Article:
Global Perspective: Fast, Cheap or Good: How to Pick the Right Two In China1 Jul, 2013 By: Steven Feinberg Response
Did you hear the one about the marketer who went to China and ground the price down so low, the quality of his product was reduced to dust? It happens every day and is a reminder of the old adage that the project management triangle consists of three somewhat opposing forces: service as defined by turnaround times, price and the quality of the end result.
In simple terms, this equation has been represented as the somewhat glib generalization: fast, cheap or good – pick two. When it comes to sourcing in China, it’s an especially relevant trichotomy to consider because, in realistic terms, you cannot achieve all three without making some serious compromises that just might jeopardize the vitality of your business. There’s a right way to go about the process, and there are many moving parts to consider. Here are some of the most important ones.
One of the keys to producing a quality product manufactured in China is to carefully plan ahead – and then to allow adequate time and resources to accomplish your goals. One of the byproducts of a prolonged recession is that everyone has gotten a lot hungrier. The accompanying desire to please and succeed has sometimes fostered a mindset where anticipated turnaround times and cost expectations are out of alignment with reality when it comes to delivering a first-rate product.
The first step in ensuring you get what you want is to carefully plot out all of your product specifications to the most finite detail. However, when it comes to China, fastidious planning alone may not be enough. The reason is that certain terms are subjective.
Take a children’s plush toy, for example, an As Seen On TV product category that has gain in popularity in recent years. An American’s version of “soft” might not be in alignment with what a Chinese manufacturer considers “soft”. What about the type of stitching, details such as the material that comprises the eyes, and the kind of stuffing that will be required to pass regulatory muster? Such variables have to be thought through and selected with care – and they affect the ultimate cost to manufacture.
That’s why the process of sample runs and reviews is so crucial. They are the only way to guarantee that your expectations for quality and detail will be met. And, frankly, the process takes time. When timelines are escalated, the quality is often compromised and, ironically, the process winds up getting delayed anyway. That is why we strongly recommend that a marketer plan on approximately six months for the typical review cycles to play out and to arrive at a product that meets or exceeds expectations ready for mass production.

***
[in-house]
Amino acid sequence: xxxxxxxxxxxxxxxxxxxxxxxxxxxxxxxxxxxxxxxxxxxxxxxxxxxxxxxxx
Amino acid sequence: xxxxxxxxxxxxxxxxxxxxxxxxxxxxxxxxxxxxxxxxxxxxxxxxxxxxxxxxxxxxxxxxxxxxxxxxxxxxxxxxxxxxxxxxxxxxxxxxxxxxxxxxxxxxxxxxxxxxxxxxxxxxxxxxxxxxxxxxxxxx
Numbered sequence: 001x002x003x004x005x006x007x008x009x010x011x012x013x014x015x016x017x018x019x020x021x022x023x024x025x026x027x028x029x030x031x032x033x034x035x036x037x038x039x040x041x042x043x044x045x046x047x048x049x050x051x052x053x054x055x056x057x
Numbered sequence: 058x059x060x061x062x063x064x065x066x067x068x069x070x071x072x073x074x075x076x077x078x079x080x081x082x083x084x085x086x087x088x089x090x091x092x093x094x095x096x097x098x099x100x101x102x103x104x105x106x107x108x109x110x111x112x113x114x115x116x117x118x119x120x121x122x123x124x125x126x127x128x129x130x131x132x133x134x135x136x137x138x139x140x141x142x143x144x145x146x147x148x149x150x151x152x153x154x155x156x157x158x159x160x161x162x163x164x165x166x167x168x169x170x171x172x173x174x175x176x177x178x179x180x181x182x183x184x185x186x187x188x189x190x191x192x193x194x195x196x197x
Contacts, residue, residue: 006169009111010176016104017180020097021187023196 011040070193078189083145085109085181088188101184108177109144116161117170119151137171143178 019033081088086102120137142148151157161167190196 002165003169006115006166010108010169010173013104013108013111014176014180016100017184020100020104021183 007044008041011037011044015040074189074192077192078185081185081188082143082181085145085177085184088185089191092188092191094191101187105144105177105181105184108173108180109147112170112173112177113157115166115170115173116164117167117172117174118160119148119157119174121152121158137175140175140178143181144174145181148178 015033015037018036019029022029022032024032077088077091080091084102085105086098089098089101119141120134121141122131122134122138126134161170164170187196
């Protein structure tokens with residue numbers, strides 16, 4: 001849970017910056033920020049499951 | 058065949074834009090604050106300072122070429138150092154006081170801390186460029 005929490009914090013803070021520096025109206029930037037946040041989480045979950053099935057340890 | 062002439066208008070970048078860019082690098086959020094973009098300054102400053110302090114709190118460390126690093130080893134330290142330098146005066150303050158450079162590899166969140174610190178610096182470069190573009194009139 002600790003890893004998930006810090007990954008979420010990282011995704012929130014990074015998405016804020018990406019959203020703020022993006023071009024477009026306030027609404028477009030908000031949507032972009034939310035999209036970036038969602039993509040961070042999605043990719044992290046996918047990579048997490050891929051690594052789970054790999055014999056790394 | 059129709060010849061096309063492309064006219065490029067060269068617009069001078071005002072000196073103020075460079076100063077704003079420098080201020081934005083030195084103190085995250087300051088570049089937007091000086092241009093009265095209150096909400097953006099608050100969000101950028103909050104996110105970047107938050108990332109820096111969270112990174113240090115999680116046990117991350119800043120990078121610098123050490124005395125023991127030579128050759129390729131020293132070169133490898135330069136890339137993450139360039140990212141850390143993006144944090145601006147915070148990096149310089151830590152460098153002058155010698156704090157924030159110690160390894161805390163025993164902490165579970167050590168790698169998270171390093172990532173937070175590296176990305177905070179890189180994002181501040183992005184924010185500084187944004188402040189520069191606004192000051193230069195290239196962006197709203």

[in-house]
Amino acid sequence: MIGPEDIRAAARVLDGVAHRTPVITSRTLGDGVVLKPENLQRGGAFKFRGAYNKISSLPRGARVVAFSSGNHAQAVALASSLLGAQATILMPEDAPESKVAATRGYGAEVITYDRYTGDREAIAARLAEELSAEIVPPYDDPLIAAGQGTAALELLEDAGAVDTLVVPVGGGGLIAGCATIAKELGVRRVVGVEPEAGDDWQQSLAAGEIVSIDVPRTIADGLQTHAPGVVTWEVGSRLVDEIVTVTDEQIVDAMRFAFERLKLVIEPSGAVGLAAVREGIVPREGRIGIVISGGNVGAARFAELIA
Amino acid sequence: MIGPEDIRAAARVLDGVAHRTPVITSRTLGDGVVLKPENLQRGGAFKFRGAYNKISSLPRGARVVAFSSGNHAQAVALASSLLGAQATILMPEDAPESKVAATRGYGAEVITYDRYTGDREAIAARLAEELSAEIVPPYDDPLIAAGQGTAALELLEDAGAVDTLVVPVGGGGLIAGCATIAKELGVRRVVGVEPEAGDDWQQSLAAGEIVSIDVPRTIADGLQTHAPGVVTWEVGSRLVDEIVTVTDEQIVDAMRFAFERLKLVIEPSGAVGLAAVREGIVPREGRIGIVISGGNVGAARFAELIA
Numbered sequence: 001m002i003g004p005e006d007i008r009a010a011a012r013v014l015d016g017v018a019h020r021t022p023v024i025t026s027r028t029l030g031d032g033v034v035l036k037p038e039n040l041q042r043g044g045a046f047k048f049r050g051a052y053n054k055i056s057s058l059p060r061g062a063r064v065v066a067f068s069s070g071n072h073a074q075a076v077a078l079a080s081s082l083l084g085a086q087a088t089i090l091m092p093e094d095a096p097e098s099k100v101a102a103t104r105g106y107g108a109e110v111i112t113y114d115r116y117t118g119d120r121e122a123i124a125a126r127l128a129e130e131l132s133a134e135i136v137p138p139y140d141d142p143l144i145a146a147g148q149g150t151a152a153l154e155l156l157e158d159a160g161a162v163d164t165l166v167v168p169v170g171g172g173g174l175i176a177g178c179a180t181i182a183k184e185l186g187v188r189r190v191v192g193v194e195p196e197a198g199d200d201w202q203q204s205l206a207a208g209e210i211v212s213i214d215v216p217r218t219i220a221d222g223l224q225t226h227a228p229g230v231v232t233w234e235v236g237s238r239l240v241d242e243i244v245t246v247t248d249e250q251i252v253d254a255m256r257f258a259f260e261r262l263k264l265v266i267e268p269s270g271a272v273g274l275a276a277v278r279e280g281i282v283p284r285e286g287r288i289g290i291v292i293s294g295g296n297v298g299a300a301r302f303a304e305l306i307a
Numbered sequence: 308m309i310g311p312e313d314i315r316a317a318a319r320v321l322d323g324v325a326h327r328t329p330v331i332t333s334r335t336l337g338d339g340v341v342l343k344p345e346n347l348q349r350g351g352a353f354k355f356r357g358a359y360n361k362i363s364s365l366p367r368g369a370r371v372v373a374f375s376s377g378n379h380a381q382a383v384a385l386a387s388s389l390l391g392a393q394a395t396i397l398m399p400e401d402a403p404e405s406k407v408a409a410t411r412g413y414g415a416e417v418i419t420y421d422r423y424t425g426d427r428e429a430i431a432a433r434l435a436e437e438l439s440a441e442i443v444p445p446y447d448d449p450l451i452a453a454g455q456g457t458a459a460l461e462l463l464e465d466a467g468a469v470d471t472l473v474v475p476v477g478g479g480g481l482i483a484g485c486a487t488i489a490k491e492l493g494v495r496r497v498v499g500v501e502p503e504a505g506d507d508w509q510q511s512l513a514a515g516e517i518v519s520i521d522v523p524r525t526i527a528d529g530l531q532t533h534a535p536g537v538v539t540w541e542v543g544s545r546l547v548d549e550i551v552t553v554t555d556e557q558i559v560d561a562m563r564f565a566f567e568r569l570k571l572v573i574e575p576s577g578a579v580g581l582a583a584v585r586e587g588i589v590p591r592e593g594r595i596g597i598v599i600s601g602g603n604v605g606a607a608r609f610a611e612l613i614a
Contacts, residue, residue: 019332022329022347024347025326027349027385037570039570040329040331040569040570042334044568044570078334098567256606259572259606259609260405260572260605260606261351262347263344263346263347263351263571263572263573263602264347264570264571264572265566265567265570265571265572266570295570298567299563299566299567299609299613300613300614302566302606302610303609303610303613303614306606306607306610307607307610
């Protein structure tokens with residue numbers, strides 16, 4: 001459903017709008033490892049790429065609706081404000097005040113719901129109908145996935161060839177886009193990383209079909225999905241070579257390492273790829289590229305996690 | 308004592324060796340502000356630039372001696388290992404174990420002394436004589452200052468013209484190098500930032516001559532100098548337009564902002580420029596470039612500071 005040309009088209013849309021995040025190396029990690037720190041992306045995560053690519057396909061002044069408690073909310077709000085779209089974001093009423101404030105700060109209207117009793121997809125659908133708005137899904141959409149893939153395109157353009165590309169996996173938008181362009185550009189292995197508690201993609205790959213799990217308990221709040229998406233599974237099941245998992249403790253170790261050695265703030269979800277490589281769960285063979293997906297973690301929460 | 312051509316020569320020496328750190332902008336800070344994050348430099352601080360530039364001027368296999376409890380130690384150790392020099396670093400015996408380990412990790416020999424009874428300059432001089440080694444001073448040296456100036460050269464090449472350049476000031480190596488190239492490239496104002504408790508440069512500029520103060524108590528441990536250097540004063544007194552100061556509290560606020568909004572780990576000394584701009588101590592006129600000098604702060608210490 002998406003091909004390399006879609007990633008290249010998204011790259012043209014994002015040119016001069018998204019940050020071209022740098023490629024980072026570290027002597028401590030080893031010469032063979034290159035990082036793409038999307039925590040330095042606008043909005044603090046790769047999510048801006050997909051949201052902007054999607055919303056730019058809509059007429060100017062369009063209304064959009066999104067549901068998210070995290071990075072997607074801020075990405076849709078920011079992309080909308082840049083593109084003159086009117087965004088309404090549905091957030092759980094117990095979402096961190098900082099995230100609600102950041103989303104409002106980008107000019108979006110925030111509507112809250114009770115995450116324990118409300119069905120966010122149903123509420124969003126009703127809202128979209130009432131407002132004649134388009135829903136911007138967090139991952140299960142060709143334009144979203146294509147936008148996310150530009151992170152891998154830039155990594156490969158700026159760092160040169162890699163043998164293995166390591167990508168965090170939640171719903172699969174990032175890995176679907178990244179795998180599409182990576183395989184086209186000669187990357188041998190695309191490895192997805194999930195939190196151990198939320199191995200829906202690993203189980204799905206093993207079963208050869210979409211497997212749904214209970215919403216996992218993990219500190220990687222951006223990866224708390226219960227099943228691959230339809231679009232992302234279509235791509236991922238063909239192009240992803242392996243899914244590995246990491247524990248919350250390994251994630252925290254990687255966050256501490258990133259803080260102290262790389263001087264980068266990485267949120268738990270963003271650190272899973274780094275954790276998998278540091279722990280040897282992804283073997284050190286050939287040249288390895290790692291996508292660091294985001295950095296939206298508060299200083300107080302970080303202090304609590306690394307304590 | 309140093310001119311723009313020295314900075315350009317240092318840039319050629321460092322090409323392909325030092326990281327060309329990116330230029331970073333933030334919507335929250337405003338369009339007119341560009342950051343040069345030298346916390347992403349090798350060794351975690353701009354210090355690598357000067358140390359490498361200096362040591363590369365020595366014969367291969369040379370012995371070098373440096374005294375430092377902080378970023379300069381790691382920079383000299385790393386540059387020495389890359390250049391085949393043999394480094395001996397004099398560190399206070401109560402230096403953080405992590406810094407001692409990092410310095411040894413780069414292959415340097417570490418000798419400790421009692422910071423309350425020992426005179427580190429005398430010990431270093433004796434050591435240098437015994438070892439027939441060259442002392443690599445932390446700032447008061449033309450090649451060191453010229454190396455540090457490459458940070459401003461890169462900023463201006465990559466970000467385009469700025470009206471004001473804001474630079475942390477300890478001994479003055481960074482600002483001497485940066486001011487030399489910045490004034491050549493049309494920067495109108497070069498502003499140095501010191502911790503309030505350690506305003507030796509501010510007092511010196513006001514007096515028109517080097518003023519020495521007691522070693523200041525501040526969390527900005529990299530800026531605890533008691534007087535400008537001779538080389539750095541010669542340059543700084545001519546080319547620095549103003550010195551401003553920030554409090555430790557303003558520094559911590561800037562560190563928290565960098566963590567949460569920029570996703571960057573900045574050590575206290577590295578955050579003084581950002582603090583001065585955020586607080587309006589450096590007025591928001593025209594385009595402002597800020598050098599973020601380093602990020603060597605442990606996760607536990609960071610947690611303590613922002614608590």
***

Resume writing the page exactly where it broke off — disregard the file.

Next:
This perspective is not a question of a “can do” or “can’t do” attitude – it is simply a candid point of view borne of experience. In fact, one of the perils of dealing with Chinese manufacturers is that you can always find someone who will promise to deliver a product based on an aggressive timeline or price, and that leads us to our second key insight.
You Get What You Pay For
In order to get a quality product that aligns with your mind’s eye, it’s important that you not over-negotiate. Given the nature of China’s somewhat “Wild West” reputation, this assertion may seem counter-intuitive. What do you mean, over-negotiate?
Having sourced hundreds of different products there, we’ve learned that if you grind too hard on the price, you will simply wind up getting a product of inferior quality. Therefore it’s important that your sourcing agent have the knowledge and equity with manufacturing partners to know where the line should be drawn.
This is especially important for products marketed via DRTV, because they need a cost of goods that is one-fourth to one-fifth the retail price in order to sustain high media costs. What you don’t want to do is wind up shooting yourself in the foot by shaving the price so low that the end result is a product that disappoints your buying public.
The reality is that the public will destroy your reputation online, and with more consumers using second screens such as tablets and mobile devices to check out product reviews before they order, if your product is – to use a Bart Simpson term, “craptacular” – you’ll be sunk before your ship even leaves the dock.
Proceed With Caution
Finally, it’s absolutely essential that you select a manufacturer that specializes in your specific product category. Ask any factory owner if they can make a particular widget and they are programmed to say, “Yes!” Yet you would never want to hire a factory that specializes in MP3 players to make your doll, would you?
That’s why it is vital that your sourcing agent have boots on the ground in mainland China to make sure that the factory has the expertise and management skill to deliver a quality product at the right price. That presence can also help accelerate the process leading up to full manufacturing runs by reducing the need to ship product back and forth between China and the U.S. for review cycles.
Consider these variables and choose a sourcing agent carefully. If you do, you won’t just have a product that is merely good amid the trifecta of cheap, fast and good – but one that is great.
Steven Feinberg is the CEO of SF Global Sourcing (www.sfglobalsourcing.com) and a past chairman of the Electronic Retailing Association (ERA) Board of Directors. His company helps marketers source and manufacture a complete product configuration by leveraging a worldwide partner network, with a concentrated focus on sourcing in China. He can be reached at (855) SF-GLOBAL or via E-mail at firstname.lastname@example.org.